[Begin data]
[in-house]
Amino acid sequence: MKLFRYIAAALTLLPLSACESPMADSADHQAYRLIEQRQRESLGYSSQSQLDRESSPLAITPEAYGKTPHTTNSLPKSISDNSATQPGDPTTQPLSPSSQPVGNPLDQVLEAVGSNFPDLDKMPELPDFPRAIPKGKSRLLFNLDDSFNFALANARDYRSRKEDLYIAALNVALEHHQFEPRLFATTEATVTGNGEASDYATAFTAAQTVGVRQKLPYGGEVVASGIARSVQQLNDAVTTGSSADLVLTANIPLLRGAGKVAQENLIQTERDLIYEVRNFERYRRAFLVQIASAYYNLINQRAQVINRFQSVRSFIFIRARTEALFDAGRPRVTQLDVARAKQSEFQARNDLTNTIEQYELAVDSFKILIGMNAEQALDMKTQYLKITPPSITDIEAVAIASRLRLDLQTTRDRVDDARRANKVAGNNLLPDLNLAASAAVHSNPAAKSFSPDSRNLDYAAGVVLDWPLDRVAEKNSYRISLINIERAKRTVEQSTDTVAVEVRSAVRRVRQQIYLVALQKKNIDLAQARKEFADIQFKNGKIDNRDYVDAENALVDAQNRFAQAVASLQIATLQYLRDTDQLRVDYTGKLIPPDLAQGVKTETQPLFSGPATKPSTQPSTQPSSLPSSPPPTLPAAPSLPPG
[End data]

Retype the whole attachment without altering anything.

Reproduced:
[in-house]
Amino acid sequence: MKLFRYIAAALTLLPLSACESPMADSADHQAYRLIEQRQRESLGYSSQSQLDRESSPLAITPEAYGKTPHTTNSLPKSISDNSATQPGDPTTQPLSPSSQPVGNPLDQVLEAVGSNFPDLDKMPELPDFPRAIPKGKSRLLFNLDDSFNFALANARDYRSRKEDLYIAALNVALEHHQFEPRLFATTEATVTGNGEASDYATAFTAAQTVGVRQKLPYGGEVVASGIARSVQQLNDAVTTGSSADLVLTANIPLLRGAGKVAQENLIQTERDLIYEVRNFERYRRAFLVQIASAYYNLINQRAQVINRFQSVRSFIFIRARTEALFDAGRPRVTQLDVARAKQSEFQARNDLTNTIEQYELAVDSFKILIGMNAEQALDMKTQYLKITPPSITDIEAVAIASRLRLDLQTTRDRVDDARRANKVAGNNLLPDLNLAASAAVHSNPAAKSFSPDSRNLDYAAGVVLDWPLDRVAEKNSYRISLINIERAKRTVEQSTDTVAVEVRSAVRRVRQQIYLVALQKKNIDLAQARKEFADIQFKNGKIDNRDYVDAENALVDAQNRFAQAVASLQIATLQYLRDTDQLRVDYTGKLIPPDLAQGVKTETQPLFSGPATKPSTQPSTQPSSLPSSPPPTLPAAPSLPPG